Not in the least naughty. A very shy, unspectacular vanilla-scent. Powdery, light. Poor staying-power. Another generic scent. Nowadays only the various perfume bottles help to tell the scents apart. I guess the big firms like Coty and l'Oréal spend more money on the design of the vessels than on the perfumes themselves. A very sad trend.

Neonatura Cocoon Yves Rocher


I was looking for a perfume with a strong patchouli note - and ended up buying this fragrance because it is nice and inexpensive. It is not the kind of high-powered, emphatic stuff you might expect from the list of ingredients. This scent does not boast anything sensational in its formulation, it is simplistic and cosy. I think it is very wearable and is a welcome respite from the dynamics of some trendier perfumes, which is the reason why men turn around in delight when you walk by smelling of it. Doesn't last long, though, but the bottle is very handy and slips into yor handbag easily.

New Tradition by Etro


This is a discovery...- a skimmed-down,slim version of Aromatics Elixier, lighter than the great American stunner, yet strong enough to impart you with a great presence. Very good alternative for those who like Aromatics, but find it overpowering.

Ninfeo Mio by A. Goutal


The very pronounced citrussy top-notes evaporate quickly, giving way to a green, rather "aloof" kind of Eau de Toilette slightly reminiscent of Ellena's wonderful "Un Jardin sur le Nil" which is much nicer, by the way. Ninféo Mio progresses from the high-pitched top-notes to woody, green and dark shades, thus avoiding the monotony many modern fragrances have come up with recently. This aspect alone makes it superior to many common Eaux on the market. Ninféo Mio is perfect on a hot summer day, the dry-down leaves a masculine touch on my skin. Staying power is excellent. You can smell the drydown for days in your clothes. There's some ingredient in it which I don't like at all.

Nino Cerruti pour femme (1987)


A sensual and elegant fruity chypre, sadly discontinued. Head notes include mandarine, peach, spicy cardamon and the osmanthus-flower from China. The heart consists of a flowery bouquet: ylang-ylang, tubéreuse, jasmin, iris,jacinthe and a touch of rose. In the gorgeous chypre-drydown there's some genuine oakmoss, paired with sandalwood and patchouly. This combination of flowers on a chypre-base smells lush and extravagant. It's probably Nino Cerruti's best perfume, unfortunately such fragrances can't be found on the mainstream-market anymore.

No. 1 Extreme by Aus Liebe zum Duft/Germany


Here we enter the darker land of ambery fragrances, a labyrinth of sickly sweet vanilla mixed with hints of tea, cedarwood, benzoin and leather. While the topnotes are rather appealing, strong concentrations of vanilla and benzoin in the base and the heart spoil the fragrance for me. It's overpowering in its attempt at taming the spicy topnotes by adding amber, and amber and amber again. Unfortunately, I can't pick up much of the leathery aspect other reviewers emphasized. Of course I know this fragrance is marketed as "provocative", and I normally like outspoken scent. But "No. 1 Extreme" is too sweet for me, the leather is not as haunting or smoky as I had hoped for and the entire composition is cloying and rather unimaginative. A disappointment.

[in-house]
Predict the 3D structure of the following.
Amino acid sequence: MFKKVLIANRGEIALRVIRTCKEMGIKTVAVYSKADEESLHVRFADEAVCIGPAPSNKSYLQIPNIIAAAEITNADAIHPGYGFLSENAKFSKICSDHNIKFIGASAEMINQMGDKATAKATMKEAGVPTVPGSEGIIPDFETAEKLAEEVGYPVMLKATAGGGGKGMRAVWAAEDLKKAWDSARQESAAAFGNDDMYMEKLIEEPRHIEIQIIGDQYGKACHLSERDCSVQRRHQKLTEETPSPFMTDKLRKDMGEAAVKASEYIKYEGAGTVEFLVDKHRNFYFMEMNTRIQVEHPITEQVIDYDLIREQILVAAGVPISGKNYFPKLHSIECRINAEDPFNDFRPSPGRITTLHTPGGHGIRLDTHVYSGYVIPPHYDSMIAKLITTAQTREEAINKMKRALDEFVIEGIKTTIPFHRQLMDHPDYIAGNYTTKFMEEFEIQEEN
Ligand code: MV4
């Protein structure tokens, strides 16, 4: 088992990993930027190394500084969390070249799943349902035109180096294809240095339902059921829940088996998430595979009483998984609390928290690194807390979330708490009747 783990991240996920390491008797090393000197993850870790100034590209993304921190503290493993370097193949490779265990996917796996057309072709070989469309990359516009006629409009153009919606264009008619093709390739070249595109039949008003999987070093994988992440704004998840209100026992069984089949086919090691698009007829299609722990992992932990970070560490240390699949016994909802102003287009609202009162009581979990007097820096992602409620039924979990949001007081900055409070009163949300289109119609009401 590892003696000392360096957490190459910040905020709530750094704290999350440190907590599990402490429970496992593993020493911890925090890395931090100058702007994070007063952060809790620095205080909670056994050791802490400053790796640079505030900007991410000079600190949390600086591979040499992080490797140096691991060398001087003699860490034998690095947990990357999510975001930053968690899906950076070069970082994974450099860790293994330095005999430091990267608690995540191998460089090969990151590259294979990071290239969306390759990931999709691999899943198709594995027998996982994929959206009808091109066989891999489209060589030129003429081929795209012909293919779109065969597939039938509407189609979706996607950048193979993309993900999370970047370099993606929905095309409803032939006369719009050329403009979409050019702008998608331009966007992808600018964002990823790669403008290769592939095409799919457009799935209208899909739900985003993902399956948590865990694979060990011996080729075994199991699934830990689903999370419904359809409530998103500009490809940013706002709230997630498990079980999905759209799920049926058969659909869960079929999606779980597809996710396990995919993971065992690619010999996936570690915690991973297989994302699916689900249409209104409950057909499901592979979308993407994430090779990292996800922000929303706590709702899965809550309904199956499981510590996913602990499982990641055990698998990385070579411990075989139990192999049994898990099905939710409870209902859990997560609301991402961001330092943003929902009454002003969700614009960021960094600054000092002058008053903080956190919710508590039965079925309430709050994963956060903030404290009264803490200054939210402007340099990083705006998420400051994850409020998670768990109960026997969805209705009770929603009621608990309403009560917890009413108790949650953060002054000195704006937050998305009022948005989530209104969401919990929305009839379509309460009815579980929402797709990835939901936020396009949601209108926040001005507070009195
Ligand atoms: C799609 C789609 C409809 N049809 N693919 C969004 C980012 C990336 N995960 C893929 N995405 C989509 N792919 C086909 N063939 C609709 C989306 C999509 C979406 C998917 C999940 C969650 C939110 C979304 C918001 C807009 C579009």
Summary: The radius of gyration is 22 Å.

Noa Summer Edition 2012


A lovely, young and lively scent, a bit of a flirt - disarmingly charming. The beautiful original Noa-fragrance shines through after half an hour, first, the refreshing top-notes, the zestiness of mandarin and lemon, the softness of frangipani amuse the senses. "Noa Summer" shines with light - that's why the colour of the bottle is so fitting. "Think orange" and you can imagine the scent of "Noa Summer". It's Noa's tribute to vitality and youthfulness - a sunny summer day in a bottle.

Nocturnes de Caron


Nocturne is a very classical fragrance, powdery and flowery, elegant and sophisticated. Although it was created in the 80s, it is not a loud fragrance and far from beeing vulgar. And fortunately enough, it has not yet been re-formulated - like many of the old Caron classics, which have undergone changes which make me cry. Nocturnes is still there, not really exciting, but pleasant.

Norell by Norell


Norell is probably not what you'd expect from a 60's fragrance. It is neither reminiscent of "Y" by St. Laurent nor of Eau Sauvage, and yet it could pass as a fine male fragrance nowadays. It does not possess any seductive powers, but uses sophistication and style as its weapons. It stands for a very elegant and refined pleasure - and I would not call it a floral, by the way, but a chypre...Norell has an earthy greenness that accents all the flowers which it might include, but which are very abstract in the composition. It is a truly elegant perfume, created for confident and cool women, it is not cloying or heavy but just reassuringly enveloping - a very clever perfume choice.